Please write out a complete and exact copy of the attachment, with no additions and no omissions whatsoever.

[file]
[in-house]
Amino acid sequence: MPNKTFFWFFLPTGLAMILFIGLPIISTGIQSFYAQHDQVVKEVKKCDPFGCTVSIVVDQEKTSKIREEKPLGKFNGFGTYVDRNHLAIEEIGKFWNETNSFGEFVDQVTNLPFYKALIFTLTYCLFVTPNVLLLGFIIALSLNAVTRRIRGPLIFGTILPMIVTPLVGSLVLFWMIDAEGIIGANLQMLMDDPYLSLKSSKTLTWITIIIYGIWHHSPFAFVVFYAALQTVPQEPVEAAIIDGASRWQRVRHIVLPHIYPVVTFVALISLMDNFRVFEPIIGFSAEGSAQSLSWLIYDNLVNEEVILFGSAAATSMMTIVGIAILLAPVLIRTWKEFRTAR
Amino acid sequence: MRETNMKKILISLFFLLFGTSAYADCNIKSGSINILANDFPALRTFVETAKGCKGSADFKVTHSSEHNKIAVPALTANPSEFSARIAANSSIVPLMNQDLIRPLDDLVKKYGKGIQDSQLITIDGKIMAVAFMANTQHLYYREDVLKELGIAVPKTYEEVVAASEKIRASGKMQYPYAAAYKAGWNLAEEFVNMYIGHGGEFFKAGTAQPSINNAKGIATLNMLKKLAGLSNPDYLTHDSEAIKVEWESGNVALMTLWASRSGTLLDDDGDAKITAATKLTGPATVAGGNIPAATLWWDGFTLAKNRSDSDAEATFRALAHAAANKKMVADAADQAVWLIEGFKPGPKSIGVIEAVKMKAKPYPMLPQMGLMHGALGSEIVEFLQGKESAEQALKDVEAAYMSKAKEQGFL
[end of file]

[in-house]
Amino acid sequence: MPNKTFFWFFLPTGLAMILFIGLPIISTGIQSFYAQHDQVVKEVKKCDPFGCTVSIVVDQEKTSKIREEKPLGKFNGFGTYVDRNHLAIEEIGKFWNETNSFGEFVDQVTNLPFYKALIFTLTYCLFVTPNVLLLGFIIALSLNAVTRRIRGPLIFGTILPMIVTPLVGSLVLFWMIDAEGIIGANLQMLMDDPYLSLKSSKTLTWITIIIYGIWHHSPFAFVVFYAALQTVPQEPVEAAIIDGASRWQRVRHIVLPHIYPVVTFVALISLMDNFRVFEPIIGFSAEGSAQSLSWLIYDNLVNEEVILFGSAAATSMMTIVGIAILLAPVLIRTWKEFRTAR
Amino acid sequence: MRETNMKKILISLFFLLFGTSAYADCNIKSGSINILANDFPALRTFVETAKGCKGSADFKVTHSSEHNKIAVPALTANPSEFSARIAANSSIVPLMNQDLIRPLDDLVKKYGKGIQDSQLITIDGKIMAVAFMANTQHLYYREDVLKELGIAVPKTYEEVVAASEKIRASGKMQYPYAAAYKAGWNLAEEFVNMYIGHGGEFFKAGTAQPSINNAKGIATLNMLKKLAGLSNPDYLTHDSEAIKVEWESGNVALMTLWASRSGTLLDDDGDAKITAATKLTGPATVAGGNIPAATLWWDGFTLAKNRSDSDAEATFRALAHAAANKKMVADAADQAVWLIEGFKPGPKSIGVIEAVKMKAKPYPMLPQMGLMHGALGSEIVEFLQGKESAEQALKDVEAAYMSKAKEQGFL